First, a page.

Sunday, 2 September 2012

Rules of engagement

Encounter God à  Love People

Busyness!  For many it hinders so much.  We ought to spend more time at home but we are caught up with so many commitments, including commitments to church.  So it might not come as welcome news to you that I see it as my job to equip you to do more acts of service.  Is it wise to do more when we are already stretched doing what we do?  I’ll come back to that in a moment, but first let me tells you about Joe!
Joe moved, with his family, to Atlanta from Alabama and joined Perimeter Church.  Because they had attended a church before they assumed that they were Christians.  However, exposure to God’s Word and God’s people revealed their need to met Christ in a life-transforming way.  Although, this encounter with Christ changed Joe he still had much of his ambition focused on this world.  Then tragedy struck!
His eldest child, a beautiful, popular, respected Christian girl called Jessica was killed in a car crash.  His attachment to this world was loosened in his grief.  Priorities change when we realise what really matters.  Then tragedy struck again!  Soon after Jessica’s death he was diagnosed with inoperable cancer.  He may have had a deteriorating body but he experienced rapid spiritual transformation.  He was really seeing what was important in life, and it wasn’t the success of his business.
Now Joe’s pastor is called Randy Pope (that’s not as embarrassing a name in America).  Randy believes that the job of the pastor is to equip people for works of ministry (Ephesians ).  So when other pastors ring Randy to say that they have a congregational member who is visiting Atlanta to get treatment in the city’s Emory Hospital, he doesn’t generally go but tries to send people from the congregation to do this task.  After-all he recognises that there are people in his church who are far more gifted at this ministry than he is.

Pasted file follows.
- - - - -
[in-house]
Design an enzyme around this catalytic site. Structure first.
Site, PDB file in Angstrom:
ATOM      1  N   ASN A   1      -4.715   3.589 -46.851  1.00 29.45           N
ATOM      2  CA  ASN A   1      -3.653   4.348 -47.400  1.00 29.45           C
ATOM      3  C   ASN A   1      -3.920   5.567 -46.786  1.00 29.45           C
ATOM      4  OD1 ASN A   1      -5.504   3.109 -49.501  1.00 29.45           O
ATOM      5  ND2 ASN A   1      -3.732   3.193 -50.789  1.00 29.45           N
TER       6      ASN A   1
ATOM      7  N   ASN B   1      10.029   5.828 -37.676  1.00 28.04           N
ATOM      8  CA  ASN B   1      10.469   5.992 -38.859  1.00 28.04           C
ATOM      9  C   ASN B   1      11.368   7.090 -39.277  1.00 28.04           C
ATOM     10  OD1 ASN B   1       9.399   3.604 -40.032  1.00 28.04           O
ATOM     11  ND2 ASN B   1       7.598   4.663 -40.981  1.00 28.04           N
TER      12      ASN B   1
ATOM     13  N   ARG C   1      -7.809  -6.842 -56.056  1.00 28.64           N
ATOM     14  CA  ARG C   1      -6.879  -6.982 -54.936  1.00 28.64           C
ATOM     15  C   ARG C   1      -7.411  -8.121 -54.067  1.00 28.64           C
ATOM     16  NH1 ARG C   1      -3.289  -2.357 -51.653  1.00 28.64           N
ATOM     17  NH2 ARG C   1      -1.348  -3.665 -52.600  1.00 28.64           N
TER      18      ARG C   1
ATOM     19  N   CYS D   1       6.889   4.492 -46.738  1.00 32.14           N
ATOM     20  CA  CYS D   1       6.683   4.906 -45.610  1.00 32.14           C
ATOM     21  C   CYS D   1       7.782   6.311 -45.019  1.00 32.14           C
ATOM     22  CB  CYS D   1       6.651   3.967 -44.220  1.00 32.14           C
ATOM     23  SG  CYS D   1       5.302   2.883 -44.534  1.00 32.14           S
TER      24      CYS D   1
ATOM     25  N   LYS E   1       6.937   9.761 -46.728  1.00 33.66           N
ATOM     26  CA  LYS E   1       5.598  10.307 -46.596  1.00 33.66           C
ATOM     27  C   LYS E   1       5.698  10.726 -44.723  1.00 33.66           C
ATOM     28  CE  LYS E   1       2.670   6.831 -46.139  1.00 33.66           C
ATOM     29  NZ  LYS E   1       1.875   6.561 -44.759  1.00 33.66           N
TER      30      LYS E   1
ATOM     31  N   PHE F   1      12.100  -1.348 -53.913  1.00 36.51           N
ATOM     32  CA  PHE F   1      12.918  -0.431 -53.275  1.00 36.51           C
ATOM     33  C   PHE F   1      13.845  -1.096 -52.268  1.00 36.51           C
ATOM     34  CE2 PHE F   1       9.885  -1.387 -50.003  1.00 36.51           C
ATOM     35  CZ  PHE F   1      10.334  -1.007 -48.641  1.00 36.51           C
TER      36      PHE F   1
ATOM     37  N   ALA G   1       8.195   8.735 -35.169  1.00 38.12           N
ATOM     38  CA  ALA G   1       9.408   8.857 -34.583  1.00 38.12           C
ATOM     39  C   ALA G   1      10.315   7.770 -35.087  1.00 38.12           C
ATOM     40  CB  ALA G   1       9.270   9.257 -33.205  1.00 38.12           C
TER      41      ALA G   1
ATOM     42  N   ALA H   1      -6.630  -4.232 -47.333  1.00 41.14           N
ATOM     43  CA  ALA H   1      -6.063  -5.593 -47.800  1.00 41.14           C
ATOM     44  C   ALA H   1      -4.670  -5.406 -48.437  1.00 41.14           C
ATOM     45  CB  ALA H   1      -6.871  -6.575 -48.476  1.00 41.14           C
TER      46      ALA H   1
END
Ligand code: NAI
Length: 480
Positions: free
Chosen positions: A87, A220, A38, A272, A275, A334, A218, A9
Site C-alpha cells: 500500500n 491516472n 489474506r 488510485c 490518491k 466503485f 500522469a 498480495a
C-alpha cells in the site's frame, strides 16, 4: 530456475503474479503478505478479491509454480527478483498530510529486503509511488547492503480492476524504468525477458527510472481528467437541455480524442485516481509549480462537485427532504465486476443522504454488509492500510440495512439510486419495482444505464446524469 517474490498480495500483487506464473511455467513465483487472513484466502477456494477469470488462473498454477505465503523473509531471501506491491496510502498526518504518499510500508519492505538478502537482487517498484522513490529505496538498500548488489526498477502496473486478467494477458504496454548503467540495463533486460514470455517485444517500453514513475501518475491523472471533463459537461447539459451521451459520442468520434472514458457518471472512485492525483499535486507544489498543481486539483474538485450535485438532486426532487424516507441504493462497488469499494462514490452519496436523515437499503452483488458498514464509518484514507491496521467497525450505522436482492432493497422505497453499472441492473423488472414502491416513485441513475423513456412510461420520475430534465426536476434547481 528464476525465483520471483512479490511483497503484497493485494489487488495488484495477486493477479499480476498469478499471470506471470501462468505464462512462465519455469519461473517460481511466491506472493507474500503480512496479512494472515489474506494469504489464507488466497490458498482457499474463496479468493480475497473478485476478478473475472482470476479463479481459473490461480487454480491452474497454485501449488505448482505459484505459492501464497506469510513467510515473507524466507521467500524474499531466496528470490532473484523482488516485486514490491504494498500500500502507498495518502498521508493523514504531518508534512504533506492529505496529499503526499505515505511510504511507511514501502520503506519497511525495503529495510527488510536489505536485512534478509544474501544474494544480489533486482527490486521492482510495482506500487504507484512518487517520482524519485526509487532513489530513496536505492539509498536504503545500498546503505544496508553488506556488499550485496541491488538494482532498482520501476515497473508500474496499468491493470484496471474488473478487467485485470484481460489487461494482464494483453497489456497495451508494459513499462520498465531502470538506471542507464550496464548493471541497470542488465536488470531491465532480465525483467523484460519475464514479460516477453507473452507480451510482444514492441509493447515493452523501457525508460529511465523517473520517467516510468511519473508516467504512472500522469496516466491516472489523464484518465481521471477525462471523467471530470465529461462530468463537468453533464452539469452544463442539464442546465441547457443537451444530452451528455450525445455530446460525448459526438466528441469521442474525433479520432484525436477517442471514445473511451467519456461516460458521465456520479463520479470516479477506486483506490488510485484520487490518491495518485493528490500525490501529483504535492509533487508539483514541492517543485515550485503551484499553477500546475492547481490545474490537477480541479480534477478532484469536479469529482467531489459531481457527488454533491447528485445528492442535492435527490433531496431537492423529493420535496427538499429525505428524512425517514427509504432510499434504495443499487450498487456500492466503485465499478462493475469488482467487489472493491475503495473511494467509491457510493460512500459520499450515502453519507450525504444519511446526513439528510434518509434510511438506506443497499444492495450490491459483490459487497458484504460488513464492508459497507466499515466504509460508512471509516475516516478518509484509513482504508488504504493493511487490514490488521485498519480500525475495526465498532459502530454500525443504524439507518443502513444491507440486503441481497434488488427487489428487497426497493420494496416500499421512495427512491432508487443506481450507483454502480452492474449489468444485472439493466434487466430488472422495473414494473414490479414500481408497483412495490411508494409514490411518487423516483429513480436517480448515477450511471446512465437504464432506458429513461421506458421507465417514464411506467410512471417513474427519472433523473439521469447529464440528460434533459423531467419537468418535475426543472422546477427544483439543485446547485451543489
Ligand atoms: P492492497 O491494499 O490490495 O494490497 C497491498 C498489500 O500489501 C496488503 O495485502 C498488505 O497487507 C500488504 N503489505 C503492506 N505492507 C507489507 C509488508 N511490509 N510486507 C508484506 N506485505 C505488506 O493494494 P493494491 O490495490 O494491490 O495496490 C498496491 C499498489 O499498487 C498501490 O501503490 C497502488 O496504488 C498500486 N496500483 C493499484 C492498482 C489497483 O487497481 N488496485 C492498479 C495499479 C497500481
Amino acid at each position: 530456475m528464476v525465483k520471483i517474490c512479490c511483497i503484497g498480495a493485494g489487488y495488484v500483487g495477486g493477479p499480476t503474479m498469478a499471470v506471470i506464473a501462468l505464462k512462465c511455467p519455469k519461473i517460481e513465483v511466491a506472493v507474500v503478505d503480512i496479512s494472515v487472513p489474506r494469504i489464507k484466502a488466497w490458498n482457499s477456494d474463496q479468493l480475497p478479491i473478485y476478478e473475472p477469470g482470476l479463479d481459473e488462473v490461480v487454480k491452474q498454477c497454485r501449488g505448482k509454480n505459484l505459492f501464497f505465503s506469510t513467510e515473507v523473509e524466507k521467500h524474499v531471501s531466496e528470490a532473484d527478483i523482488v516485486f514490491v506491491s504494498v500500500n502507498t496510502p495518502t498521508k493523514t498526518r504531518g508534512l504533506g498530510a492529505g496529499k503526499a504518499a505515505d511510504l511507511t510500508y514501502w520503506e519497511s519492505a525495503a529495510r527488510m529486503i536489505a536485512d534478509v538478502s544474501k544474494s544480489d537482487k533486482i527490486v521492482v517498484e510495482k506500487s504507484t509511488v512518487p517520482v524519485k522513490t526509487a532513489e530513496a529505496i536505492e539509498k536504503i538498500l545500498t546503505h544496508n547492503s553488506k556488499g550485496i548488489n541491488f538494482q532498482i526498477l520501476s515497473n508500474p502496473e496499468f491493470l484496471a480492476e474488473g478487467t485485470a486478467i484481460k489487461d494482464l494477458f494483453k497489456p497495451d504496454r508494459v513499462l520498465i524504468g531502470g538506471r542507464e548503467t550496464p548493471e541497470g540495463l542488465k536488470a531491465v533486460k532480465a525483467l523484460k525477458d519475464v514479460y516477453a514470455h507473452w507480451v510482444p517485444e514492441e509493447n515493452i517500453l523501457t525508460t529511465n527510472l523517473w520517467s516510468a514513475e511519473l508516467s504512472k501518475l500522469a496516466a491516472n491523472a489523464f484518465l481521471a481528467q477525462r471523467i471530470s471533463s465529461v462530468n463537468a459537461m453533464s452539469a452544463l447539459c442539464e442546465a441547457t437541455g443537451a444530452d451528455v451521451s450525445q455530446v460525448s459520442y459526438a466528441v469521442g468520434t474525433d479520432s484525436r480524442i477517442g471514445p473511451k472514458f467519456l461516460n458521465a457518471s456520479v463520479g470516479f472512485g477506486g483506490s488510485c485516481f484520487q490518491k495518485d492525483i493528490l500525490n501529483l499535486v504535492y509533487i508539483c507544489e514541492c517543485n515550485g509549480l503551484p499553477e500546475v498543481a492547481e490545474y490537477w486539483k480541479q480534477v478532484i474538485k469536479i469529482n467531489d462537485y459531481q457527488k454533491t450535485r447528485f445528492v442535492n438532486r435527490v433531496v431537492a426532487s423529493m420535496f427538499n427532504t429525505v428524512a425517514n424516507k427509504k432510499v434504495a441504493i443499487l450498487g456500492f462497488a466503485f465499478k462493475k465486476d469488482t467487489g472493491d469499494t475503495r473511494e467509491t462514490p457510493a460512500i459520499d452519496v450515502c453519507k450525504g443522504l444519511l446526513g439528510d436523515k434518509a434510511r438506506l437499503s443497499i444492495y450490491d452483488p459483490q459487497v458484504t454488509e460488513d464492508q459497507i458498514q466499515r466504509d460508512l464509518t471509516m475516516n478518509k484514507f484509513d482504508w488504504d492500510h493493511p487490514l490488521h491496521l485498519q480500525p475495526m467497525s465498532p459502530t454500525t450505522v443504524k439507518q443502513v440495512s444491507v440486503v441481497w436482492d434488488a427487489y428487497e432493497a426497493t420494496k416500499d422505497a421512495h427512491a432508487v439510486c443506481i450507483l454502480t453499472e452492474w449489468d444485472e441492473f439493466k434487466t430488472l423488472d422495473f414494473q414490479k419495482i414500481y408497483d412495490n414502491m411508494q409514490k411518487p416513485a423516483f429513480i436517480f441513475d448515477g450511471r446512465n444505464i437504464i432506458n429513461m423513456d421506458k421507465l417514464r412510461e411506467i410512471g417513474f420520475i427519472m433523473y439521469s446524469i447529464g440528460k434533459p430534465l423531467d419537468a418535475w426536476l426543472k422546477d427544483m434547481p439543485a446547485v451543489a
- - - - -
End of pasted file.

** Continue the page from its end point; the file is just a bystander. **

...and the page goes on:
So, one day he receives a call from a pastor about a man who had cancer and was in the hospital.  ‘Randy, would you visit him?’  Randy said that he would get someone to do it.  Knowing that this patient was dying of cancer he thought that Joe would be the ideal person to visit him.  Joe was hesitant but Randy said that he would teach him what he should do.
Joe came back from the visit and explained to his pastor, ‘Randy, you told me that this man was dying, but you didn’t tell me that he’s probably going to die in the next few days and that he’s not a believer.  Randy, you’ve got to get over to the hospital and witness to him before he dies.’
Randy simply responded, ‘Joe, did you know that you don’t have to be ordained to share the gospel?’  Randy gave Joe a crash course in sharing the gospel and Joe visited the man every day until he died.